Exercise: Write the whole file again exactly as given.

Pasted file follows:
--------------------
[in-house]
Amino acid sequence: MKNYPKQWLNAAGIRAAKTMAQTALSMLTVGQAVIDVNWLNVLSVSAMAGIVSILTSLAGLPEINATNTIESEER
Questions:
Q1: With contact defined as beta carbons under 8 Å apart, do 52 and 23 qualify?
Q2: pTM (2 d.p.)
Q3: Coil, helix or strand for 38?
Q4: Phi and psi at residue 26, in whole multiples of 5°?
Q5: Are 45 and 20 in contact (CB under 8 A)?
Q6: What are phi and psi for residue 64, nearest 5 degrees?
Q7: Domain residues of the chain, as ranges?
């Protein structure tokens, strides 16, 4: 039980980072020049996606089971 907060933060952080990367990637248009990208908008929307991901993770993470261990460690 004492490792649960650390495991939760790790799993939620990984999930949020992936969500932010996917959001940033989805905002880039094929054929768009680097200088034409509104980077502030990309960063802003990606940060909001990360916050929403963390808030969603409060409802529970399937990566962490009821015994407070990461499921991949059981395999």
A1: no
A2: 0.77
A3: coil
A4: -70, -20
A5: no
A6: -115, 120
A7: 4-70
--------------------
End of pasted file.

[in-house]
Amino acid sequence: MKNYPKQWLNAAGIRAAKTMAQTALSMLTVGQAVIDVNWLNVLSVSAMAGIVSILTSLAGLPEINATNTIESEER
Questions:
Q1: With contact defined as beta carbons under 8 Å apart, do 52 and 23 qualify?
Q2: pTM (2 d.p.)
Q3: Coil, helix or strand for 38?
Q4: Phi and psi at residue 26, in whole multiples of 5°?
Q5: Are 45 and 20 in contact (CB under 8 A)?
Q6: What are phi and psi for residue 64, nearest 5 degrees?
Q7: Domain residues of the chain, as ranges?
């Protein structure tokens, strides 16, 4: 039980980072020049996606089971 907060933060952080990367990637248009990208908008929307991901993770993470261990460690 004492490792649960650390495991939760790790799993939620990984999930949020992936969500932010996917959001940033989805905002880039094929054929768009680097200088034409509104980077502030990309960063802003990606940060909001990360916050929403963390808030969603409060409802529970399937990566962490009821015994407070990461499921991949059981395999």
A1: no
A2: 0.77
A3: coil
A4: -70, -20
A5: no
A6: -115, 120
A7: 4-70